Wednesday, June 20, 2012 | Categories: Episodes
Part Two of The Current
Google Transparency Report - Panel
China, Iran, North Korea... those are the countries that come to mind when thinking of government censorship of the web. But a new report from Google suggests you don't need to be autocratic to demand something be taken down from the 'net.
From July to December of last year, Google says it received more than 1,000 requests from governments to remove more than 12,000 items from Google and Youtube, which it also owns. And the company specifically noted an alarming threat to free expression coming from the West. The United States, especially. But even from the True North Strong and Free.
During that six-month period, Canada asked for 162 items to be taken down. In about half the cases, Google fully or partially complied. Mostly, the removals were related to defamation or privacy. But there were a few unorthodox requests.
We aired a clip of a reading with some of Google's most notable worldwide content removal requests from the report.
Google has publicly released these government content removal requests for the past few years. But some people argue the company can do more to protect internet freedom. Right now, Google automatically removes any content that does not follow it's own content policies... like hate speech and child pornography. But when it comes to government removal requests, Google only pulls down content that violates the country's local laws... whatever they may be.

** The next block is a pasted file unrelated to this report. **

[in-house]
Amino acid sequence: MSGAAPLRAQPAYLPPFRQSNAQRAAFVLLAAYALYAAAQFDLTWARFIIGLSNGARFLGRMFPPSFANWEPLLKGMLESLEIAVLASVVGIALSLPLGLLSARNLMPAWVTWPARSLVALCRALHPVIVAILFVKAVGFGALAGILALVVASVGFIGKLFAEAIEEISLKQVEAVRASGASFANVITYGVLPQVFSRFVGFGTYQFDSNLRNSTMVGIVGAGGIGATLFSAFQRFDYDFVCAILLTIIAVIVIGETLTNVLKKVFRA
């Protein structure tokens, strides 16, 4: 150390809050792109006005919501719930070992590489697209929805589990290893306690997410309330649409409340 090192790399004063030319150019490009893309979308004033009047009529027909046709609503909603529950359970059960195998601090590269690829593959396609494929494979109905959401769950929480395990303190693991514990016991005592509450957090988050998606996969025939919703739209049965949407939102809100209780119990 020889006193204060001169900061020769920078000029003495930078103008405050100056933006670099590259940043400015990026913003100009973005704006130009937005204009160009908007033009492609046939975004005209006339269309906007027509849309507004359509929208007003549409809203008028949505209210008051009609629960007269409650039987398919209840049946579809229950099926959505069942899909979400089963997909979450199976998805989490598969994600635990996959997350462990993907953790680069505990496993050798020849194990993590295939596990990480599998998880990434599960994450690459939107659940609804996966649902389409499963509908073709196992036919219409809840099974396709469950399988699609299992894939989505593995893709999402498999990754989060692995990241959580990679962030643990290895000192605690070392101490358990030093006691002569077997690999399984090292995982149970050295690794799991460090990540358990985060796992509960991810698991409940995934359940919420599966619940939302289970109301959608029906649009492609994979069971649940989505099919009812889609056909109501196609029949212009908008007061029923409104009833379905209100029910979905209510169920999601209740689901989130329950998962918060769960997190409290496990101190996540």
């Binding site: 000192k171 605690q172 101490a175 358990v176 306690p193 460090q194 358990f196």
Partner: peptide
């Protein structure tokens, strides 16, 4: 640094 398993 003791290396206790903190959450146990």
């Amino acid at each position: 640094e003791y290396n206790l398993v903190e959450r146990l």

Ron Deibert is one of Canada's foremost experts on attempts to censor the Internet and an advocate for openness and democracy online. He's the Director of The Citizen Lab and Canada Centre at Munk School for Global Affairs at the University of Toronto. Ron Deibert joined us in Toronto. And Scott Edwards has been writing about the Google Transparency report but from a human rights perspective. He's with Amnesty International's Policy and Research Department in Washington D.C.
We should note that we did try to get the federal government's response to Canada's showing in this latest Google Transparency report. But we did not hear back from the Prime Minister's office and the Passport Office - which requested that Google remove a youtube video of a man urinating on his Canadian passport.
This segment was produced by The Current's Chris Wodskou, Shannon Higgins and Liz Hoath.
We ended this segment with one last special information removal request to Google ... courtesy of our friends at the Content Factory.
Other segments from today's show: